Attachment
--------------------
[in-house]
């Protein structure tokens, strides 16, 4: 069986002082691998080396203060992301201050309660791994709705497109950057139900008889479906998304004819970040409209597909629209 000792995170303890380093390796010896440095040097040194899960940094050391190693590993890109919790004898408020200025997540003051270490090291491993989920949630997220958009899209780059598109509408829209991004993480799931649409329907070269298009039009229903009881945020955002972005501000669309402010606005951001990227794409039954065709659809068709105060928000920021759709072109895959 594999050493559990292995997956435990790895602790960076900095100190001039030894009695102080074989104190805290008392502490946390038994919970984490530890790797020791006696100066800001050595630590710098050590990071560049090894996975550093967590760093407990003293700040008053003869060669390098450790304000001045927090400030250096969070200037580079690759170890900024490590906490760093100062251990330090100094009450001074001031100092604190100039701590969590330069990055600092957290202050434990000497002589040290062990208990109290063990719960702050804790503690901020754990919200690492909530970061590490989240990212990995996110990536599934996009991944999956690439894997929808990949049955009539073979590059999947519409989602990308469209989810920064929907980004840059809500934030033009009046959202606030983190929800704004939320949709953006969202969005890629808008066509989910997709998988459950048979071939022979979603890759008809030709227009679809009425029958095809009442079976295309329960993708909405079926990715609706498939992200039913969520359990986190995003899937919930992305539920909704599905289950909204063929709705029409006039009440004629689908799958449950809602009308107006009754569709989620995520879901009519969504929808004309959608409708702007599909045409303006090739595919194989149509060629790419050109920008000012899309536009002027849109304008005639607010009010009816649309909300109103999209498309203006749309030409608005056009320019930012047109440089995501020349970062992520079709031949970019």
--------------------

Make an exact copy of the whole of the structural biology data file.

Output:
[in-house]
């Protein structure tokens, strides 16, 4: 069986002082691998080396203060992301201050309660791994709705497109950057139900008889479906998304004819970040409209597909629209 000792995170303890380093390796010896440095040097040194899960940094050391190693590993890109919790004898408020200025997540003051270490090291491993989920949630997220958009899209780059598109509408829209991004993480799931649409329907070269298009039009229903009881945020955002972005501000669309402010606005951001990227794409039954065709659809068709105060928000920021759709072109895959 594999050493559990292995997956435990790895602790960076900095100190001039030894009695102080074989104190805290008392502490946390038994919970984490530890790797020791006696100066800001050595630590710098050590990071560049090894996975550093967590760093407990003293700040008053003869060669390098450790304000001045927090400030250096969070200037580079690759170890900024490590906490760093100062251990330090100094009450001074001031100092604190100039701590969590330069990055600092957290202050434990000497002589040290062990208990109290063990719960702050804790503690901020754990919200690492909530970061590490989240990212990995996110990536599934996009991944999956690439894997929808990949049955009539073979590059999947519409989602990308469209989810920064929907980004840059809500934030033009009046959202606030983190929800704004939320949709953006969202969005890629808008066509989910997709998988459950048979071939022979979603890759008809030709227009679809009425029958095809009442079976295309329960993708909405079926990715609706498939992200039913969520359990986190995003899937919930992305539920909704599905289950909204063929709705029409006039009440004629689908799958449950809602009308107006009754569709989620995520879901009519969504929808004309959608409708702007599909045409303006090739595919194989149509060629790419050109920008000012899309536009002027849109304008005639607010009010009816649309909300109103999209498309203006749309030409608005056009320019930012047109440089995501020349970062992520079709031949970019």